Sunday, September 21, 2008

Pickpockets and Politicans. Our Fearless Journalists (or, Hard Questions Aren't Hard To Answer If No One Asks Them).

Poor John McCain. Poor, poor, Senator John McCain. Poor old flip-flopping, tap-dancing, stuttering, Republican John McCain. Poor old lying, twitching, sweating, trembling, confused, desperate, Washington-insider John McCain.

No one should have to repudiate a lifetime of strongly-held principles overnight, especially a presidential candidate, and especially one who cannot run on his party's accomplishments and is forced to run on "character, not issues."

Goddamn timing. If only he'd been elected in 2004. If he'd won then, he'd be retiring now, and the broken economy he did so much to ruin would not even be on the news. In that time of war and fear, his war-hero story would be all he needed.

Today John McCain's future, his only hope, really, rides on the possibility that investigative reporters will not do their jobs and will not ask hard questions about our current economic collapse. Hard-hitting questions like, "how did this happen?" or "whose idea was this deregulation?" or "who's going to pay to clean up this mess? or "could this have been prevented?" You know, the questions reporters used to ask, which they never ask anymore, about anything.

In other words, he ain't doing too bad. As long as no one watches "the View."

Here's a way to understand the reality of our current situation, and the reason for John McCain's massive, Alaska-sized flip-flop on economic policy:

A pickpocket hangs around the train station stealing wallets and watches. Eventually the complaints from commuters pile up and the police set up surveillance, a small sting operation, and the crook is captured. He is marked, no longer invisible, unable to ply his trade. He does some time and leaves town.

But public opinion changes and new officials are elected. Crime is no longer the focus of Republicans' disapprobation - government's attempt to control free markets is. The large police presence in the train station is bad for business, for tourism, new leaders say, so the police go elsewhere. A new ethic emerges: "government isn't the solution, it's the problem."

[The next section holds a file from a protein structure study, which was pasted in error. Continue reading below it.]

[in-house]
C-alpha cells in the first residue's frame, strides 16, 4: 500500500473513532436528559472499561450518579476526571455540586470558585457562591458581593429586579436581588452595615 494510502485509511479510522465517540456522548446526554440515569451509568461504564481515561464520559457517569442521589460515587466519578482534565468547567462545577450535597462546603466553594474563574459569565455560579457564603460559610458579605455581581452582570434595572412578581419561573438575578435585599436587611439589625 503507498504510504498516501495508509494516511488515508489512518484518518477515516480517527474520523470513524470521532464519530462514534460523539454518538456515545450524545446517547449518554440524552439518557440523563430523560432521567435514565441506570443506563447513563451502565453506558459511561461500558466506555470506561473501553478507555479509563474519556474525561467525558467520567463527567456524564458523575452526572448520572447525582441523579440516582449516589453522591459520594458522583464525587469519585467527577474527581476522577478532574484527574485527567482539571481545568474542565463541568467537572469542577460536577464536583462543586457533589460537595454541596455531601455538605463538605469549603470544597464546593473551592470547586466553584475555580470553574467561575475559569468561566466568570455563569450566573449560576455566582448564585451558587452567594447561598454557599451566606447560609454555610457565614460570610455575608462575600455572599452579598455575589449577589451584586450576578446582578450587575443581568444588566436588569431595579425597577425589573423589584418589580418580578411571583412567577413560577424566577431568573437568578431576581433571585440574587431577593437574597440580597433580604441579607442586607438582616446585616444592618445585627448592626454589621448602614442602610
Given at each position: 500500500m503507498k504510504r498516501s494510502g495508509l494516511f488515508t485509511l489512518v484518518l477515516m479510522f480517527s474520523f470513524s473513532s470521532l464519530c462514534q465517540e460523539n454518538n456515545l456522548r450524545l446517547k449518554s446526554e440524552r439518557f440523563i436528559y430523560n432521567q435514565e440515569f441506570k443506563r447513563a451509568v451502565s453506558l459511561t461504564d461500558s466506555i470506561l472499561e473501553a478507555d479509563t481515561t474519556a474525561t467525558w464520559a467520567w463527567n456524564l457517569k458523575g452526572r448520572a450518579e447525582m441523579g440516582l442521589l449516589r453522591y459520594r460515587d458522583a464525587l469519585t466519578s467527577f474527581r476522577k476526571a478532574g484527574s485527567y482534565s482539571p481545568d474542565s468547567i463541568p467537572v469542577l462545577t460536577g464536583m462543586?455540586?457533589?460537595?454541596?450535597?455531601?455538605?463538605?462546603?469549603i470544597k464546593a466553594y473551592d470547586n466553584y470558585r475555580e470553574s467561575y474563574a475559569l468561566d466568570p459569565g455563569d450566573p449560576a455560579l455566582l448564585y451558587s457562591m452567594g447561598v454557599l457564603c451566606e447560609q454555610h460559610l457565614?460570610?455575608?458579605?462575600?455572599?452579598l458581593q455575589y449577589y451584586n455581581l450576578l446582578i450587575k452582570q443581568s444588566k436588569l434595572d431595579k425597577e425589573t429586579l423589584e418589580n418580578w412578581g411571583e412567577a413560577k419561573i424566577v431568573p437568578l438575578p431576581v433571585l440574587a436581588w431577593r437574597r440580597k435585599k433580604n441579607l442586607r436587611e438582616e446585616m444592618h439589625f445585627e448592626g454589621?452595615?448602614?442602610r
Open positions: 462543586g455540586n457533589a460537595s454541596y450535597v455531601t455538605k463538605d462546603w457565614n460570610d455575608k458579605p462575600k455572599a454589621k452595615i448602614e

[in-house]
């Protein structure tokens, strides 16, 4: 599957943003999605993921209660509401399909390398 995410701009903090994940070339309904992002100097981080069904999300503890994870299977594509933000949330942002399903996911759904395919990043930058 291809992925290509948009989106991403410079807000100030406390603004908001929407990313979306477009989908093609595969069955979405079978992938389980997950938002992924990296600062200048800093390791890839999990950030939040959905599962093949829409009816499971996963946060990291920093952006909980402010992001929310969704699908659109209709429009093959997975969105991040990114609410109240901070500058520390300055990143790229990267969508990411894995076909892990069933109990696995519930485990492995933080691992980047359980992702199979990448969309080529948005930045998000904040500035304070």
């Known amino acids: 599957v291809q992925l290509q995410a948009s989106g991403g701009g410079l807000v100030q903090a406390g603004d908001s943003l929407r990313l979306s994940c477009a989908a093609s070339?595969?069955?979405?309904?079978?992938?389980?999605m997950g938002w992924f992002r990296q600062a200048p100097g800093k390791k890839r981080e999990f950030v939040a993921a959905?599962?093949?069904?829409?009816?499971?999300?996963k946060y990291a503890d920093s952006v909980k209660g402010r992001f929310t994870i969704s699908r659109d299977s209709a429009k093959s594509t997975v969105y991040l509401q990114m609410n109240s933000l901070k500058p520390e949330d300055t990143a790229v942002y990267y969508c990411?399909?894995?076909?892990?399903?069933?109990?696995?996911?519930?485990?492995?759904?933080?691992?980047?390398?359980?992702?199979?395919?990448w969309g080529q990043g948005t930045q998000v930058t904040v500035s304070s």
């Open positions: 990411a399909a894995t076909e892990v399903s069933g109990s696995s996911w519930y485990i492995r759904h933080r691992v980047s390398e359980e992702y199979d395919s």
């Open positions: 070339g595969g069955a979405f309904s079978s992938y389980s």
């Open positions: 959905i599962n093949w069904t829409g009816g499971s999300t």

The pickpocket comes back. This time, there is no one to stop him, and he steals with abandon, shouting "government stifles the entrepreneur!" as he makes off with even more loot.

Only later do we find out that the television ads, the radio spots, and the direct-mail pamphlets that convinced the people to elect anti-government candidates to the government were paid for by... the pickpocket himself! But it's too late. Our money is gone, and the thief got away scott-free. He even got to keep the money.


Then he went into politics.

Deregulation, like many Republican ideas - such as privatizing social security, for one example - is a massive scam and has been all along. Corruption being the end as well as the means, Republicans by necessity became effective image-mongers, manipulators of the under-informed. They succeeded fabulously at replacing their public image as rapacious robber-barons with one of religious piety and concern for the least among us.

A tiny, elite clique of Americans with nine or ten-digit incomes convinced a majority of Americans that fundamentally redistributing the wealth of our society directly to them was a selfless and Godly act.

To them I say: I admire your chutzpah. Now give me my country back.

I will not be using the past tense to describe John McCain's overnight conversion to liberal progressive economic policy, since I don't believe he actually believes the things he is now saying.

John McCain defines himself as "primarily a deregulator." This means he wants less government regulation of industry. He wants to remove regulations that were established decades or centuries ago to protect the economy and the American people from rip-offs and scams by shady and corrupt business leaders. Apparently these regulations hurt profits.

He claims to be sincere. He wants the government to leave corporations and banks and insurance companies and mortgage companies and investment houses and global financiers alone - because free markets are rooted in American liberty, not because he is in the pocket of industry leaders who are dying to cut corners, make deals in the dark, and line their pockets at the expense of the people.

I am convinced he believes he's doing the right thing. But this is not only not good enough, it's exactly the reason why he can't be allowed to be President.

The McCain campaign, in the desperate attempt to ensure no one looks backward at how we arrived where we are, is now in full whirling-dervish mode, creating the new "reality" as fast as the old one implodes.

The new narrative: we're rolling up our sleeves and fixing the economy, and we're too busy to figure out what went wrong. So don't ask.

2 comments:

Flamsey said...

I couldn't get a loan for pick pocket school.. great analogy...

The worst is yet to come.

They say that patriotism is the last refuge
To which a scoundrel clings.
Steal a little and they throw you in jail,
Steal a lot and they make you king.
There's only one step down from here, baby,
It's called the land of permanent bliss.
What's a sweetheart like you doin' in a dump like this?

DW said...

flamsey,

Another Dylan fan. How marvelous!

Twenty years of schooling and they put you on the day shift.

If you're lucky.